Kevin Rieck to bring travel business to South by Southwest

Photo of Kevin Rieck

Daily Orange story by Haley Kim, Digital Copy Chief and photo by Katie Reahl

Kevin Rieck used to tell his mother he was going to go to college, start a company and then drop out. His father, who’s owned multiple businesses himself, was supportive. His mother, who’s worked a corporate job for decades, was not.

Rieck kept part of his word. While the Syracuse University junior hasn’t dropped out, he is now only a part-time student.

He launched Ravle, a film and travel company, a year ago. Next week, Rieck and Tay Lotte, a fellow SU student and co-founder of Ravle, will travel to the Student Startup Madness tournament at South by Southwest in Austin, Texas, as one of eight finalists.

The idea for Ravle came from Rieck’s personal passions: traveling and making films.

“My plan after college was just going to shoot films, travel films, and sell my itineraries,” Rieck, who’s from outside the Chicago area, said. “Like, I just want to spend a good year of my life not in the real world.”

Through research, Rieck found that most of the people watching travel videos are planning their own trips to the same destinations. They spend hours poring through websites and videos to prepare. Ravle streamlines this process, and markets itineraries created by “adventurous filmmakers.”

There are currently 10 trips on the website, including “Nara, Japan: The Ancient City” and “Peru: A Walk Back in Time.”

Rieck is a bit “obsessed” with his venture, spending probably 70 hours a week on it, he said. He tested one of the Iceland trips during winter break. He rented a sleeping bag and a car, and then spent three days by himself driving and camping through the Icelandic terrain.

But his self-starting nature isn’t anything new. Growing up, Rieck wanted to be an inventor, his family said.

“He’d always be building weird little things that were like a little problem that most people would just deal with,” said David Rieck, his older brother. “He would try and build something to solve these little problems.”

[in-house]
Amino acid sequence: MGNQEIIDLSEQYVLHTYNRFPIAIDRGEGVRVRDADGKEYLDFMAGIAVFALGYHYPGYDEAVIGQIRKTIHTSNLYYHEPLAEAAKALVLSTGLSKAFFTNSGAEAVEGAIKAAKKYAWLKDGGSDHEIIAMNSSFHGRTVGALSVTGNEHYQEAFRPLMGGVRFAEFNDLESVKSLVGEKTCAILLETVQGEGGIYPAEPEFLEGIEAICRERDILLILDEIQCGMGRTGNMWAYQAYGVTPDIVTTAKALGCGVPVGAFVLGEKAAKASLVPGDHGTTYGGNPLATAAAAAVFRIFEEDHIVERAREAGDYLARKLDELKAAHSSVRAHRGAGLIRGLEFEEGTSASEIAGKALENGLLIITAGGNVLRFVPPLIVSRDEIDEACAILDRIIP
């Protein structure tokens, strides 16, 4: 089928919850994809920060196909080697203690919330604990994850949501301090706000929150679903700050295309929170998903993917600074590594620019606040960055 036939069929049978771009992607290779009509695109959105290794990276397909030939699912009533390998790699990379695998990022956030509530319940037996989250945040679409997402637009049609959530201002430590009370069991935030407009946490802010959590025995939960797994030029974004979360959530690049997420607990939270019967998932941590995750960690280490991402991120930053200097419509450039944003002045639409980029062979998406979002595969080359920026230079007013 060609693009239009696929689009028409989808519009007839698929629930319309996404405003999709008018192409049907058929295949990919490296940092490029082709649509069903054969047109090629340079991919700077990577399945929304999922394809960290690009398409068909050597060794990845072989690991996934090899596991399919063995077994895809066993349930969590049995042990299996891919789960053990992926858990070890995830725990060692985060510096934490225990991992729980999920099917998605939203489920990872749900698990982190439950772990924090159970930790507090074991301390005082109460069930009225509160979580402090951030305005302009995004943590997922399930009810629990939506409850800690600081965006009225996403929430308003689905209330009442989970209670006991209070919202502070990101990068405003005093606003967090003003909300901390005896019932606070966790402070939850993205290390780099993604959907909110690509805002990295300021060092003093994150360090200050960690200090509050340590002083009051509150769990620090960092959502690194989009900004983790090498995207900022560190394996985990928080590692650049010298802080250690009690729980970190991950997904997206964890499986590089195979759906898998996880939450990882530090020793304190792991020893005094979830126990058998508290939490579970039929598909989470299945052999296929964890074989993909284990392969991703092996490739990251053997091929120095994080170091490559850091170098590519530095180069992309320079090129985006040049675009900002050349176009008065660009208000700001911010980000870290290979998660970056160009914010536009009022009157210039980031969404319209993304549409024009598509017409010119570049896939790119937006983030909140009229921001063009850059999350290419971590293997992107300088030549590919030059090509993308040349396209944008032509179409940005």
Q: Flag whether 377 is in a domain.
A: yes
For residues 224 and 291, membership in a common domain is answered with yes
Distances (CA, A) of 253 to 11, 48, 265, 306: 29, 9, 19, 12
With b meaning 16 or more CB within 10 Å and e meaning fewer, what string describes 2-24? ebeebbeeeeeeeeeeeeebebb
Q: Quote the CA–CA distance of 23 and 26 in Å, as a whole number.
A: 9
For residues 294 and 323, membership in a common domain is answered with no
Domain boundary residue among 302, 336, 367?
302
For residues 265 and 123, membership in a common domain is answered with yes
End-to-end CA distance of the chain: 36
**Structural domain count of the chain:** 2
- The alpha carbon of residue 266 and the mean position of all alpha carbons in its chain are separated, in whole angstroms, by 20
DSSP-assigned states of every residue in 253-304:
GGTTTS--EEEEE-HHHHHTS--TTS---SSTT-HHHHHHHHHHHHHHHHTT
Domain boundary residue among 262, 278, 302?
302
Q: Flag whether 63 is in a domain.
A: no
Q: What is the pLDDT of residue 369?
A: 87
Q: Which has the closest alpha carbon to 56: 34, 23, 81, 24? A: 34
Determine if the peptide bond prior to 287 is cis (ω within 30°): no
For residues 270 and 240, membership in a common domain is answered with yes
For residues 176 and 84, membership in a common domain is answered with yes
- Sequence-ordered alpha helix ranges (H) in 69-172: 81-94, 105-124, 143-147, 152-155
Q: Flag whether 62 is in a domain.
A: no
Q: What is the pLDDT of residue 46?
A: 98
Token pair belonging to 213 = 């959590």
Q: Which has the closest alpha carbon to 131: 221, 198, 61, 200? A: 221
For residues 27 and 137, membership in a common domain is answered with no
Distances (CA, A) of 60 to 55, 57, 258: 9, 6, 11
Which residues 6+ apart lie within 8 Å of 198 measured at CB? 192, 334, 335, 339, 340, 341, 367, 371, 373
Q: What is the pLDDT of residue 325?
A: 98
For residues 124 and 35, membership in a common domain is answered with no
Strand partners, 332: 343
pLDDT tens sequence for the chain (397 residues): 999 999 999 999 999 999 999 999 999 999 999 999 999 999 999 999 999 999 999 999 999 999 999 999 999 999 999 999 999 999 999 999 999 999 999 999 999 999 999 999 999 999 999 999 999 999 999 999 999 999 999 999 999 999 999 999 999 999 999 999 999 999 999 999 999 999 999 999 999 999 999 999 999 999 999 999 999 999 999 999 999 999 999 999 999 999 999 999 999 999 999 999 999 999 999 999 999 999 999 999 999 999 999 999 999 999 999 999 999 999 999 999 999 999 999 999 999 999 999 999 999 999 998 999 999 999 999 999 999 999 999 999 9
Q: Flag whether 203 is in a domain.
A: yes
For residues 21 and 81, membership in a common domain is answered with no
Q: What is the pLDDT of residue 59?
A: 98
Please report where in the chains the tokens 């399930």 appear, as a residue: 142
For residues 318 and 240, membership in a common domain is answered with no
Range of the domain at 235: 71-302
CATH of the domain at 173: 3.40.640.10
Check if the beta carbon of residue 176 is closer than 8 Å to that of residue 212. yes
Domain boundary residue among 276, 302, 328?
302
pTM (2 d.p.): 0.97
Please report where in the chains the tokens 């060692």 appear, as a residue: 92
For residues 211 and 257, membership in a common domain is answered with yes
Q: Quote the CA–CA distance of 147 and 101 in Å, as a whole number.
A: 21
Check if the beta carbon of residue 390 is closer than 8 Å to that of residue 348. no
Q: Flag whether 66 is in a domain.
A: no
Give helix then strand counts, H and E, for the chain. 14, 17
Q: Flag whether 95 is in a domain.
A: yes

He had an “idea book” where he would record his thoughts, said Richard Rieck, his father, sometimes even in the middle of the night. One idea was to increase visibility for scuba divers — Rieck thought up contacts that could change the clarity of the water, Richard said, eliminating the need for a mask.

He learned to work hard at a young age. In high school, when Rieck wanted to switch from practicing gymnastics to playing basketball, he got up at 5:30 a.m. to dribble around his neighborhood, continuing his skill work as soon as he came home from school, he said.


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“That was probably my first experience of learning how to work ridiculously hard to achieve something,” Rieck said. “I think that’s definitely a time of my life that instilled the type of discipline I have now.”

His day still begins early — most days he gets up at 6 a.m. to work out, said his friend and gym partner Alec Gillinder, a third-year industrial design student at SU. Before Ravle, Rieck spent a year working as a personal trainer.

When he’s walking, his headphones are usually on and he’s listening to an audiobook, but at double the speed because the readers are too slow. Books like “The 7 Habits of Highly Effective People” and “MONEY Master the Game” are some of his recent favorites.

Rieck finds his strengths through connecting with others. He can talk to nearly anyone, his older sister, Kelsey Rieck said. She added that one summer, Rieck drew a business contract with one of their father’s friends who had a warehouse of wood to sell. Rieck negotiated the listings and sold all the wood, creating an opportunity and friendship out of the experience.

Rieck lives in the moment, Lotte said. When the two were traveling in Germany, they missed their connecting train because Rieck was focused on taking photo footage behind the train station. The two extra hours, though, ended up giving them a chance to explore the small German town.

Lotte said Rieck’s drive and commitment to the company are some of his best characteristics. Lotte said her business partner shows up every day ready to put in work and still is able to help others.

“I think what’s really important is his ability to be a guiding compass because he does kind of inspire action just by leading by example,” Lotte added.

Rieck said he’s most proud of the team that he’s built with Ravle — of having people counting on him and devoting dozens of hours of work to the company. But this pressure is also driving him to be conscious of the team community he’s creating, Rieck said.

While his plans for Ravle include trying to get into a business accelerator this summer, Rieck said that in five years he hopes to be able to work “financially free” on projects he’s passionate about, like global climate change.

Rieck said he has many mentors, and many of them are digital and who he’s never met. But the philosophy of strongman Elliott Hulse stuck out for him. Hulse’s mindset has inspired him to forge his own path, one project at a time.

“Why don’t you want your own experience? Because everyone is like, following these paths that already exist,” Rieck said, “and it’s like, if you did your own experience, it might be messy, it might be dirty, you might fail a bunch, but it’s yours.”